Then we introduce mechanics that accentuate the thief aspect with the lock picking. So because it’s Chloe in the lead role, the tone of the game shifts slightly.

A lot of Naughty Dog’s recent success has been built on linear, third-person campaigns. Why do you have the desire to go so big with The Lost Legacy’s enormous Western Ghats level [which we’ve played, and you can read our hands on impressions through here]?

One of the things we set out to do with this game is the best of the Uncharteds, right? We wanted to bring back all that we love about the Uncharted games. And, look, players have grown and evolved – and so has the technology. Likewise, we have with it. So we wanted to get the wonder back – that sense of adventure and being lost and not knowing what’s around every corner. In an established franchise that’s still doing pretty much the same thing, we wanted to give a different feel to it. So the open world gives this sense of discovery – there’s something new at every turn.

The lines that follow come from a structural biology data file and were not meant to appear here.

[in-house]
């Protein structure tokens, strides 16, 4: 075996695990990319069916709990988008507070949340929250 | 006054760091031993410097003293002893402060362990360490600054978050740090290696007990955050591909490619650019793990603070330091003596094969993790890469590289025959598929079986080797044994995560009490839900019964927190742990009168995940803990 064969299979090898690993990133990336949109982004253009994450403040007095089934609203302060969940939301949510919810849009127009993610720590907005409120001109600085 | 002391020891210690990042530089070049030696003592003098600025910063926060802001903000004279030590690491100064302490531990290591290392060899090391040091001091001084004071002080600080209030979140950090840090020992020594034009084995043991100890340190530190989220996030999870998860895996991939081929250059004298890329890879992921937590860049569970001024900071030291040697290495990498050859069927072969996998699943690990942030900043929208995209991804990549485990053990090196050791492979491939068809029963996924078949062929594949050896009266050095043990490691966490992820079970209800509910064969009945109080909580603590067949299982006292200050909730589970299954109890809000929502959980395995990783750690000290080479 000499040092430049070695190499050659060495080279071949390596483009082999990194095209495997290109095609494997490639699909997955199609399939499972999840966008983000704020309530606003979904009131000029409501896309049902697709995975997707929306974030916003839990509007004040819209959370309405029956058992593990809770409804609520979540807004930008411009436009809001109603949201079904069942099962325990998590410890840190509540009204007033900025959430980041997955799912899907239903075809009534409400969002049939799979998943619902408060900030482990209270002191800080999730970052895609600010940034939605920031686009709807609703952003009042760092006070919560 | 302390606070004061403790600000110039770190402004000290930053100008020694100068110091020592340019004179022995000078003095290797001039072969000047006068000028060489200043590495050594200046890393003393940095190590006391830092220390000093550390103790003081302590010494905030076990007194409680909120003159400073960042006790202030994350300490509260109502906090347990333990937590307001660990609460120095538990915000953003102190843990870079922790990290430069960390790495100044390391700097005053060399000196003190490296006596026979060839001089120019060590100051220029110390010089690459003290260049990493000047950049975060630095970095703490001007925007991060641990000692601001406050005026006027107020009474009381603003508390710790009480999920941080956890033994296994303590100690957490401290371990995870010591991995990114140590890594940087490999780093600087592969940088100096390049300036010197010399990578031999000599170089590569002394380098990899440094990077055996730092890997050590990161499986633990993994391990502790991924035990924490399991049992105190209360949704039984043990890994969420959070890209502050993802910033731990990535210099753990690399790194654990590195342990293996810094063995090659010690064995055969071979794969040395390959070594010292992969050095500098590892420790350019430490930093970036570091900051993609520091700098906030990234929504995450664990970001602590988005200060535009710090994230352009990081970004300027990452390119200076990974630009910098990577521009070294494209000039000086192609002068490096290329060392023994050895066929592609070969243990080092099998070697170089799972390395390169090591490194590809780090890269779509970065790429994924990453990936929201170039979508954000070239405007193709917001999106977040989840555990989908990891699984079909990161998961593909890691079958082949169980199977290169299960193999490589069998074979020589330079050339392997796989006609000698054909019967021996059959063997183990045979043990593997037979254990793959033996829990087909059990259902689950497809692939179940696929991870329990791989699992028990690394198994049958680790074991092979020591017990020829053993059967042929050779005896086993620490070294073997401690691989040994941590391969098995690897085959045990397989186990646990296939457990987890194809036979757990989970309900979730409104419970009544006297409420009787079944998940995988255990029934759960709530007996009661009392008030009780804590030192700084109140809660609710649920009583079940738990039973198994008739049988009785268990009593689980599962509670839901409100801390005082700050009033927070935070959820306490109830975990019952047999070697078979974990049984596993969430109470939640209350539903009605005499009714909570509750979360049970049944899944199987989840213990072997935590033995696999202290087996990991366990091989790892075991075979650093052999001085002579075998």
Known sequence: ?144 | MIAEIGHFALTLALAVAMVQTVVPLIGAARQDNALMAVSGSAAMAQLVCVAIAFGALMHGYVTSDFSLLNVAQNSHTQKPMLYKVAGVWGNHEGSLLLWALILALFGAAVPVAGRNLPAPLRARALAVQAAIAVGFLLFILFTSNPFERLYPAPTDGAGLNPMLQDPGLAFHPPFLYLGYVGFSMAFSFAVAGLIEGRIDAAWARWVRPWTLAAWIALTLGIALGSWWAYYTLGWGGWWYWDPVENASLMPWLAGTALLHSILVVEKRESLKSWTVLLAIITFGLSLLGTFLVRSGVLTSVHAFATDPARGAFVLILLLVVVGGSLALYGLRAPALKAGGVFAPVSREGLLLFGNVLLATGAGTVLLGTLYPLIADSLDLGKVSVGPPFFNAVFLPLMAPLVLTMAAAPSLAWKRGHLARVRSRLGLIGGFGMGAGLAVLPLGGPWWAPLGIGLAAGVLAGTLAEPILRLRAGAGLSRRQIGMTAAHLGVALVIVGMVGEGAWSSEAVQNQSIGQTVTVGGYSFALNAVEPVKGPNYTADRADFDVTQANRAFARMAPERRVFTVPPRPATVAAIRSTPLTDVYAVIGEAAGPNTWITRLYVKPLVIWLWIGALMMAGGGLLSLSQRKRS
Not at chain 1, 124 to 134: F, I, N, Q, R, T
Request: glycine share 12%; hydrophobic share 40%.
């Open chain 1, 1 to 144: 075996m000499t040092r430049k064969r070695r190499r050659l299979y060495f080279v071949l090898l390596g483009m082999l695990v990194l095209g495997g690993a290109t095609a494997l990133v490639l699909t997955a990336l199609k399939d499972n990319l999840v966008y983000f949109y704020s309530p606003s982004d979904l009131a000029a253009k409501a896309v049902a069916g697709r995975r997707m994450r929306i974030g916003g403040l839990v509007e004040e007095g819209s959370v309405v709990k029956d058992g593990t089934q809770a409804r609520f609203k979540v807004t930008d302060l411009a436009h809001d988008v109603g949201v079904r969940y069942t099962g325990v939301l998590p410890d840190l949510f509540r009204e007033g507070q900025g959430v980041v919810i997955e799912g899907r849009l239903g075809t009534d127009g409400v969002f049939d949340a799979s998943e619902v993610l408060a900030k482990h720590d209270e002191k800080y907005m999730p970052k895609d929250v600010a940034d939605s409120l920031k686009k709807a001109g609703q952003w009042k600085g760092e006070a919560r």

What are the challenges in terms of pacing these larger environments? When you’re designing a linear game you’re totally in control of what’s going to happen, but in some ways the player is directing the campaign in these open spaces, so how do you keep things moving?

It’s one of our greatest challenges on this game. Fortunately, the [Western Ghats] area is at the beginning of Chloe and Nadine’s relationship, and there’s a lot to learn about the two characters, their pasts, and how they’re connected. So there is pacing, it’s just that it’s very well-crafted into the space to keep you moving forward and getting more information that supports the narrative about how these two characters are going to survive and whether they trust each other or not.